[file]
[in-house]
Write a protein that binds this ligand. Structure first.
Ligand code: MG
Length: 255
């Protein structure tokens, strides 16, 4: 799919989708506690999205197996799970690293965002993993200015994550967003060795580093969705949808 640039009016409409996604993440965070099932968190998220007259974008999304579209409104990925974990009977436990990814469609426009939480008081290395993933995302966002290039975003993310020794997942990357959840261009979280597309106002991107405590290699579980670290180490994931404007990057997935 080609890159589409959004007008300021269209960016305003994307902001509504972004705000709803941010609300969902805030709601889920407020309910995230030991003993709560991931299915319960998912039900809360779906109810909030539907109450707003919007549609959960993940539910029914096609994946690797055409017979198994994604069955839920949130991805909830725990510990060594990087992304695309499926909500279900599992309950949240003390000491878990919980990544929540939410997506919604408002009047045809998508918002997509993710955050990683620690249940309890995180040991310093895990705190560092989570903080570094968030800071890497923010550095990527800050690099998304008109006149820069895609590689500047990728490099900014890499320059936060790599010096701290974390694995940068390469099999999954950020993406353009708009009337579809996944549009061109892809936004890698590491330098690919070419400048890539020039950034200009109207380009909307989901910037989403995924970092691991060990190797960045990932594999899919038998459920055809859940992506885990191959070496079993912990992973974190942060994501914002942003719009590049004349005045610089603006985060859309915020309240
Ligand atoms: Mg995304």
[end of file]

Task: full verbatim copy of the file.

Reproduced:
[in-house]
Write a protein that binds this ligand. Structure first.
Ligand code: MG
Length: 255
């Protein structure tokens, strides 16, 4: 799919989708506690999205197996799970690293965002993993200015994550967003060795580093969705949808 640039009016409409996604993440965070099932968190998220007259974008999304579209409104990925974990009977436990990814469609426009939480008081290395993933995302966002290039975003993310020794997942990357959840261009979280597309106002991107405590290699579980670290180490994931404007990057997935 080609890159589409959004007008300021269209960016305003994307902001509504972004705000709803941010609300969902805030709601889920407020309910995230030991003993709560991931299915319960998912039900809360779906109810909030539907109450707003919007549609959960993940539910029914096609994946690797055409017979198994994604069955839920949130991805909830725990510990060594990087992304695309499926909500279900599992309950949240003390000491878990919980990544929540939410997506919604408002009047045809998508918002997509993710955050990683620690249940309890995180040991310093895990705190560092989570903080570094968030800071890497923010550095990527800050690099998304008109006149820069895609590689500047990728490099900014890499320059936060790599010096701290974390694995940068390469099999999954950020993406353009708009009337579809996944549009061109892809936004890698590491330098690919070419400048890539020039950034200009109207380009909307989901910037989403995924970092691991060990190797960045990932594999899919038998459920055809859940992506885990191959070496079993912990992973974190942060994501914002942003719009590049004349005045610089603006985060859309915020309240
Ligand atoms: Mg995304």